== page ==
Technical indicators or trendlines – such as the ones covered later in this article – can provide dynamic support or resistance levels that move as the chart progresses. Support and resistance levels for different markets will often be based on different factors, so developing the ability to recognise which levels are going to impact a market’s price can take time. For that reason, it is important to practise identifying support or resistance levels using historical charts.
How to draw support and resistance lines
To draw support and resistance lines on a chart, you first have to find them by using one of the following methods:
- Peaks and troughs
- Support and resistance levels from a previous timeframe
- Moving averages
- Trend lines
These are covered in detail in the sections that follow. To establish the strength of the support and resistance lines, you can combine these methods.
Peaks and troughs
To draw your lines using peaks and troughs, select your timeframe, then identify the highest peak on the chart and do the same with the lowest point. Mark each peak and trough. If there is a downtrend, the support level will be the lower-low peak and the resistance level will be the lower-high peak. Conversely, if there is an upward trend the support level will be the higher-low peak and the resistance level will be the higher-high peak.
If you’re using support and resistance levels from a previous timeframe, choose a short timeframe, for example 15 minutes. Then, draw the levels from the one-hour and four-hour time frames on the 15-minute frame. If the levels from the longer time frames are very similar or equal to the levels from the shorter time frame, these could be considered strong levels of support and resistance.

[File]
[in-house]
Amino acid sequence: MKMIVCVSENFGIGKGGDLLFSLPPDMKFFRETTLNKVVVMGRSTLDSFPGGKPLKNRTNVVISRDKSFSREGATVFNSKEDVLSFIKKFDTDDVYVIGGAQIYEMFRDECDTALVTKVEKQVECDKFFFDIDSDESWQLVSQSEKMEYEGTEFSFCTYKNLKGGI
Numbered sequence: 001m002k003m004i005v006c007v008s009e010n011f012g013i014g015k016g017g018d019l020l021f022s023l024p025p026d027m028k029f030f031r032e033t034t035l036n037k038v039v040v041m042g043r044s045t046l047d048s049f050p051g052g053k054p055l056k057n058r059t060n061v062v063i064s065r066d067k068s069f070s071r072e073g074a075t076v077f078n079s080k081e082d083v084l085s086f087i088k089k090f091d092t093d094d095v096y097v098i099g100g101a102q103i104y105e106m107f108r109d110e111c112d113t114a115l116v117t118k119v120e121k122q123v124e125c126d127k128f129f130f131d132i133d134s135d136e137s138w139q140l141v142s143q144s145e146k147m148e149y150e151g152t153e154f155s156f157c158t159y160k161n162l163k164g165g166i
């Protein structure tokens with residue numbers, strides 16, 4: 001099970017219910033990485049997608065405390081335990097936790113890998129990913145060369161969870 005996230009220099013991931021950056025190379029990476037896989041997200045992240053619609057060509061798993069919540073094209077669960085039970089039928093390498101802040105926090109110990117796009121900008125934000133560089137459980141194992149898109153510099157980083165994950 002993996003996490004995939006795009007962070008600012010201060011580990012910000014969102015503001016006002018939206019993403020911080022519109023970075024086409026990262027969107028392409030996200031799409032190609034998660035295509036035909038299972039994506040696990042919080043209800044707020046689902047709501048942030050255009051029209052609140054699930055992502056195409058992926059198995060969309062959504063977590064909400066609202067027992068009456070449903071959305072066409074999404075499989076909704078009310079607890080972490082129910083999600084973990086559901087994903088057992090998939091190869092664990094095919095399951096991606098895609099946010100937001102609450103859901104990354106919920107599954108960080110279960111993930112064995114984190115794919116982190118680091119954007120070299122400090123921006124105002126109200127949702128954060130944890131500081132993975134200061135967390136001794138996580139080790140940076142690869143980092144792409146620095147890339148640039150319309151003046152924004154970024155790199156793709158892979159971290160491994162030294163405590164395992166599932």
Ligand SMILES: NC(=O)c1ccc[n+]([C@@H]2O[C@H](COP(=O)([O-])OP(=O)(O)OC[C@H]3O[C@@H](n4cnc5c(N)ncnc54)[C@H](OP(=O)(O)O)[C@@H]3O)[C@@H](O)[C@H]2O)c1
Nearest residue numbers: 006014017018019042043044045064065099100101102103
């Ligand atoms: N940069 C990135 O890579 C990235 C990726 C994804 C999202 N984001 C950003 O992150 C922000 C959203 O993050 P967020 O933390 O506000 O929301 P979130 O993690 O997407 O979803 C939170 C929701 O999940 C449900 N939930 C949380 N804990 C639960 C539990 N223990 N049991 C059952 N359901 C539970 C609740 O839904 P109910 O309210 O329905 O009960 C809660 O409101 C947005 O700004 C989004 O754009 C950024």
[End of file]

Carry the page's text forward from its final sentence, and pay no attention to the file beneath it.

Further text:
The moving average indicator is another way to identify support and resistance levels, and draw them on a chart. With the indicator enabled, draw a diagonal line from the highest peak to the lowest peak to see which way the trend is moving. If the trendline moves up, this moving average line will act as a level of support and vice versa. This is called dynamic support or resistance, because the levels are constantly changing.
If you are using trend lines, make sure you have at least three peaks or three troughs before you draw your lines, so that you have a useable trend line. Then, once you've plotted the trendlines onto your chart, your uptrend line will be the support level, while the donwtrend line will be the resistance level. As with moving average support and resistance levels, these levels are dynamic.